History of the South Carolina State Constable
The history of the South Carolina State Constable is long and distinguished. The first Constables appeared in the first one hundred years of the existence of the colony, shortly after the first settlement in Charles Town in 1670, before South Carolina was a state. Constables was among the first law enforcement officers in their communities, commissioned to enforce the orders of the Colonial Officials, usually a Justice of the Peace, in both civil and criminal matters. Often a Constable was chosen because they were the biggest and the strongest among their peers. More often than not, they were chosen because they were the only ones willing to serve as a protector of the community. These Constables usually served their communities without pay or compensation.
On May 23, 1788 the Provence of Carolina because the State of South Carolina. As the State of South Carolina evolved, so did the roll of the Constable, becoming the mainstay of the Sheriff’s Office since their inception in 1789.
In 1947 South Carolina Law Enforcement Division (SLED) was established by Executive Order of then Governor Storm Thurmond at the request of South Carolina Sheriffs, giving birth to the modern day Constable in South Carolina.
The first Constables were appointed by the Governor of South Carolina at the recommendation of SLED, and were given the title of “SLED Agents”, and carried a SLED Agent badge. Since appointees had no formal training, it was mostly a political appointment. This does not mean that none were capable law enforcement officers, as some city police officers were issued commissions; therefore, they could apprehend “law breakers” outside their city limits and even in other counties. Keeping with tradition, and to distinguish Constables from professionally employed SLED Agents, the appointment was eventually changed to that of a State Constable.
Much more is required of the modern day State Constable.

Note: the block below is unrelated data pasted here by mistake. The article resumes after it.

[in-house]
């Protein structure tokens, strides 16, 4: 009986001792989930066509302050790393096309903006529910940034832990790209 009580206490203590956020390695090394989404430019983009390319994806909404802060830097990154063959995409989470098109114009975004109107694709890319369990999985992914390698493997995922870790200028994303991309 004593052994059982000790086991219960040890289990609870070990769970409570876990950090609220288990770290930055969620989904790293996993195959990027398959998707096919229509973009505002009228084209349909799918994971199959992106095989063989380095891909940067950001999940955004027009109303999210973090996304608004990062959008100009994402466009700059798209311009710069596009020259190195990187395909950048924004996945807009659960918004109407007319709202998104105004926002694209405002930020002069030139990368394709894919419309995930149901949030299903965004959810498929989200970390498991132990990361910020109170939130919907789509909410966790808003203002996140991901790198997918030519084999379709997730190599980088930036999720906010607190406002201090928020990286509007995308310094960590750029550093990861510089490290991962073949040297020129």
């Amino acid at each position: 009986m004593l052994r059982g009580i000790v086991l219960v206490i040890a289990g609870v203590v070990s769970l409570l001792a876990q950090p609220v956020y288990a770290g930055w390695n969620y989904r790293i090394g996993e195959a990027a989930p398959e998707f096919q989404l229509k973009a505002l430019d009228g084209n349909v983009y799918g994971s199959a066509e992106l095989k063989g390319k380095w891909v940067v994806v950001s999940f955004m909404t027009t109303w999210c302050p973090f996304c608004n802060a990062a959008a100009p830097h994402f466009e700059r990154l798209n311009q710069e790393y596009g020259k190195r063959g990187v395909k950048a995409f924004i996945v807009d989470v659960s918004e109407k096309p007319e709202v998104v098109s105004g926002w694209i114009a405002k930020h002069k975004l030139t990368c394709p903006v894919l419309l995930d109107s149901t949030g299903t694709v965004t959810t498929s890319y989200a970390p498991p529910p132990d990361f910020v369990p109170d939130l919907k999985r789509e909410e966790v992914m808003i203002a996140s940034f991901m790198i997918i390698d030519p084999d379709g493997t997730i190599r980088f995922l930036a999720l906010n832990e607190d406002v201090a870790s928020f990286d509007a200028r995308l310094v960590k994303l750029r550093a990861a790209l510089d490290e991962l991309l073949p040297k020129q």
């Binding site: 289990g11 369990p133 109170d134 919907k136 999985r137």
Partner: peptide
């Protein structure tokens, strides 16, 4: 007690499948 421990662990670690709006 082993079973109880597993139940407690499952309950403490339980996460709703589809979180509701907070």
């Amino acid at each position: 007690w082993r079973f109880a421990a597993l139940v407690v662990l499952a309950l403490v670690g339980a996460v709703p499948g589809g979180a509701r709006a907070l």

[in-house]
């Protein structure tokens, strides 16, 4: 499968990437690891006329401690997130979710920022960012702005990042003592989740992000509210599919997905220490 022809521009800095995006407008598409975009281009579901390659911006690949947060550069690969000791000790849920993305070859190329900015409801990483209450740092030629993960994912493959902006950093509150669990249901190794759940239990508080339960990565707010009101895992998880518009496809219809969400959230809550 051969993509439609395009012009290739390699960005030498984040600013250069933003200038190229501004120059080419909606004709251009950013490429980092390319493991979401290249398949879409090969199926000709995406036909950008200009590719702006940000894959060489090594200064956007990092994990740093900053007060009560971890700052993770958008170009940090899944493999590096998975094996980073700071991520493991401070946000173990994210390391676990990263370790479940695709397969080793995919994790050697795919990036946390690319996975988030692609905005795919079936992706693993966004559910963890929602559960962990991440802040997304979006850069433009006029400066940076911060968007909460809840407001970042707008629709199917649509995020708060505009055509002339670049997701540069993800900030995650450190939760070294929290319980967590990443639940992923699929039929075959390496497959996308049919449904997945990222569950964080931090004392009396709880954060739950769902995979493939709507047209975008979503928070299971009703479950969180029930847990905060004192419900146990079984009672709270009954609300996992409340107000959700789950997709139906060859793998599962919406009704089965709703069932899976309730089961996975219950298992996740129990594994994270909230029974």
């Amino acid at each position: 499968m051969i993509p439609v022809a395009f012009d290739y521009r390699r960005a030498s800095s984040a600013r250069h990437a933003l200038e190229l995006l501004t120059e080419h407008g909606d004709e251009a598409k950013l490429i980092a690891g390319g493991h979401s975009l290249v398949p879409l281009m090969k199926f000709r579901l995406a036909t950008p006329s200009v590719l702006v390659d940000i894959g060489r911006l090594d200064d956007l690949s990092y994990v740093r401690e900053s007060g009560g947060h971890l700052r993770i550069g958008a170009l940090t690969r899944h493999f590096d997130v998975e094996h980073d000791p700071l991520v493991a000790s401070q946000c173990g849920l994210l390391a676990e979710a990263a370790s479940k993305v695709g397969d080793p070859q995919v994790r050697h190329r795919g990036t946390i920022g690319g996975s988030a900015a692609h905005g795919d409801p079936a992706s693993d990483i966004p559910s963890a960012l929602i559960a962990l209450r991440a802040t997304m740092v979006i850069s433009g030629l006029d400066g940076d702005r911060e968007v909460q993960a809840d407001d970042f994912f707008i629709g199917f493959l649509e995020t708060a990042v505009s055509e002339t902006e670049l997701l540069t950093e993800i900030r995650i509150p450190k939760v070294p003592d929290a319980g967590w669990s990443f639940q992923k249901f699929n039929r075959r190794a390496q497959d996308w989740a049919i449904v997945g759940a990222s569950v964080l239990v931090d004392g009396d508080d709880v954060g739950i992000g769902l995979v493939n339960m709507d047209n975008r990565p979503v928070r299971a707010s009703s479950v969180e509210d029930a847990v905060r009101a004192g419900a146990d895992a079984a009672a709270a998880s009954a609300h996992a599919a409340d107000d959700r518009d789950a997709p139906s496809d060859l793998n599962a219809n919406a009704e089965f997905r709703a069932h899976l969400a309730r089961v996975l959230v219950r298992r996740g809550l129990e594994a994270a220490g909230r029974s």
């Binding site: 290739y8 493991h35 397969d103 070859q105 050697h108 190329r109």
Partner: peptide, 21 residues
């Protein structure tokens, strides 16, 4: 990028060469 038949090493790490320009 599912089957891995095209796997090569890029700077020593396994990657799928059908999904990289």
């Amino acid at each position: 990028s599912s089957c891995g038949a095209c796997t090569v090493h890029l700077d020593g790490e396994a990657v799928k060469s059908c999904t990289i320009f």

In 1990 SLED took “another look” at the state’s constable program. It was determined that all Constable commissions would expire at the end of 1990 with conditions placed on the renewal of a Constable’s commission. At that time there was approximately four thousand (4000) Constables holding a Commission. To renew the commission, the Constable would be required to attend a 48-hour course of instruction at a State Technical Education College. The course was to comply with the requirements of the Criminal Justice Academy of South Carolina Department of Public Safety and SLED. After successful completion of the course, the Constable would be permitted to re-apply for his commission, and be re-instated. The first 48-hour TEC course was offered at Florence-Darlington Technical Education College in Florence South Carolina. On July 12, 1990, approximately thirteen (13) Constables successfully completed the course, and were the first to qualify and apply for a commission as a South Carolina State Constable under the new law.
Many changes have taken place with the Constable program since the 1990’s. Presently, there are approximately 1000 commissioned Group III State Constables serving as professionally trained, certified, sworn, law enforcement officers in the State of South Carolina. Group III Constables are now divided between two levels of training, Basic and Advanced Constables. Basic Constable training now consists of 82 plus hours of classroom instruction, including 12 hours of weapon training and qualifications. Individuals who desire to become an Advance Constables must complete the Basic Constable Course, satisfy all prerequisites, and attend an additional 61 hours of Advanced training.
Like their predecessors, the South Carolina State Constable still serves without pay or compensation, but the rewarding opportunity to give back to their community and the state of South Carolina, is payment enough for the few individuals who are proud to call themselves a South Carolina State Constable.